“I kept getting letters [saying] ‘Please donate to the wall because we’re putting this up for all the men who were killed in Vietnam,’” Vaa said. “I got the book and they weren’t in there and I immediately wrote to them and said, ‘you forgot these boys.’”
But the Sage family was told it was no mistake.
The Department of Defense ruled that the names of the Sage brothers -- and those of 71 other who served on the same ship -- would be left off the wall because of the location of the ship at the time of the accident. Although the ship was in Vietnam waters just before the accident, it was 110 miles outside what is known as the “Combat Zone” when its forward section sank.
For the families, Kraus said that seeing a loved one’s name chiseled into the memorial means their life -- and death -- “will have meant something.”
“Without those names,” he said, families felt like “they didn’t mean anything to this country -- and that’s really sad.”
Exceptions Have Been Made
More than 300 names had been added to the wall as of Memorial Day 2013, according to the Vietnam Veteran Memorial Fund. Fourteen new names are slated to be honored on the wall in May. Some of these cases bear a striking resemblance to the Evans tragedy.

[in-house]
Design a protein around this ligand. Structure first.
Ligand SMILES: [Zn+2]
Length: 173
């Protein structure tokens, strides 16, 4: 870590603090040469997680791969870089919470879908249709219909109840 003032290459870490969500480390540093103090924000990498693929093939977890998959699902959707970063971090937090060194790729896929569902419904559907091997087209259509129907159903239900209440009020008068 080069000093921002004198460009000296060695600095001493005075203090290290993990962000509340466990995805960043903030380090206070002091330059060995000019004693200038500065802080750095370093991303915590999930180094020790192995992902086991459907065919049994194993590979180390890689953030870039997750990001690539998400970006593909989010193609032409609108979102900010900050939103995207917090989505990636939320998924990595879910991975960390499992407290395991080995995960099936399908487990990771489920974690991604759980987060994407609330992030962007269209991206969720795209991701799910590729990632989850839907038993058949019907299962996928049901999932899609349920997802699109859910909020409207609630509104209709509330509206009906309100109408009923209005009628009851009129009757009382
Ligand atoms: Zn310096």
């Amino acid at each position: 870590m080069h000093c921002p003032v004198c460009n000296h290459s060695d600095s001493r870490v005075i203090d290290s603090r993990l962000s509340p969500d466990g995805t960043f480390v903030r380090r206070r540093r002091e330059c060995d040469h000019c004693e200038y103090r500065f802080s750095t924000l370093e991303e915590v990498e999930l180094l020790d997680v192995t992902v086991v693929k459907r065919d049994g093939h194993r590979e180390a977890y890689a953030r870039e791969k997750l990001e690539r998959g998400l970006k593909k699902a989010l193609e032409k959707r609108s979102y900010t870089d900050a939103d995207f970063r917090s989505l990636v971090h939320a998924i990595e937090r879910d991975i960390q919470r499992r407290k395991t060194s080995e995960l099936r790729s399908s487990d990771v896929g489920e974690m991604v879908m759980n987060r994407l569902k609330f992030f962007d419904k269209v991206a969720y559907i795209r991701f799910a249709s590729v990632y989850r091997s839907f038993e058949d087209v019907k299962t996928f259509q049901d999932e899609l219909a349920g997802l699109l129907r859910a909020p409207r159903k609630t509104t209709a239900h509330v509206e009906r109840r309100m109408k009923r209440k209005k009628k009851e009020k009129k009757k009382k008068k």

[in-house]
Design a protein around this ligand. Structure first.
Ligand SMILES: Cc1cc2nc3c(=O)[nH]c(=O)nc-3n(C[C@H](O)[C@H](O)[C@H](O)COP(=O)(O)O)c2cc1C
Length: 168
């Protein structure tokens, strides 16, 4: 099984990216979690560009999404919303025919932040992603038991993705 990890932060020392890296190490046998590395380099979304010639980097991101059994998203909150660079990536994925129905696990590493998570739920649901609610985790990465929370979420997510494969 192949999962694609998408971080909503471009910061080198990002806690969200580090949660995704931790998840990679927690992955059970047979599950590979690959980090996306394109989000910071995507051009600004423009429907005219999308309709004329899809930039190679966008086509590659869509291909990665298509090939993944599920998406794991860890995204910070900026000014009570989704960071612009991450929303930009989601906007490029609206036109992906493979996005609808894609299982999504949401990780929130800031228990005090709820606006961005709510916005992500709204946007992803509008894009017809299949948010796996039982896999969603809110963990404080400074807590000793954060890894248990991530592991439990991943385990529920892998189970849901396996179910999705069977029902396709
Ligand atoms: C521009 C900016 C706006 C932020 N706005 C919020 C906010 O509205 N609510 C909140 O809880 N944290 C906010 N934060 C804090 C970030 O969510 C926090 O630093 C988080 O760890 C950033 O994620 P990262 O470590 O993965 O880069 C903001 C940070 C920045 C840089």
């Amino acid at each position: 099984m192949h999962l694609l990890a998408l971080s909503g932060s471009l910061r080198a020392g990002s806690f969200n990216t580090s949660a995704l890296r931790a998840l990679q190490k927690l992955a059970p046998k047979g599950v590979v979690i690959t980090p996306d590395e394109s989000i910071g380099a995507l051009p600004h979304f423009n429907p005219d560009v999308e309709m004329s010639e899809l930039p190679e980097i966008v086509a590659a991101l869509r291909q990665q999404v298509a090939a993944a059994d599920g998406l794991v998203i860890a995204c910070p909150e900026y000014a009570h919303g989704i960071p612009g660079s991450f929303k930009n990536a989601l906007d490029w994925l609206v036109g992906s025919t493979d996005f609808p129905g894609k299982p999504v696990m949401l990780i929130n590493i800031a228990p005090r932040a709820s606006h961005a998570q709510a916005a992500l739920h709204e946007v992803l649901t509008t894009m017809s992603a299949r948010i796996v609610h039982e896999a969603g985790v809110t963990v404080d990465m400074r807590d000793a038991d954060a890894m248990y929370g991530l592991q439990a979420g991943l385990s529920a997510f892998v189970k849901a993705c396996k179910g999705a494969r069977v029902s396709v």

One of the exceptions occurred in 1983 when President Ronald Reagan ordered that the names of 68 marines who died in a plane crash on their way back to Vietnam after leave should be honored on the memorial. Because the plane had orders to return to the combat zone, officials decided that their names qualified.
The Evans Association tried to apply this reasoning to the 74 men lost on the ship, but the group was told that there was no official indication that the Evans would return to the combat zone.
In a recent interview, Louise Esola, who has spent four years researching the Evan’s tragedy, and wrote a forthcoming book, “American Boys: The True Story of the Lost 74 of the Vietnam War,” said she disagrees.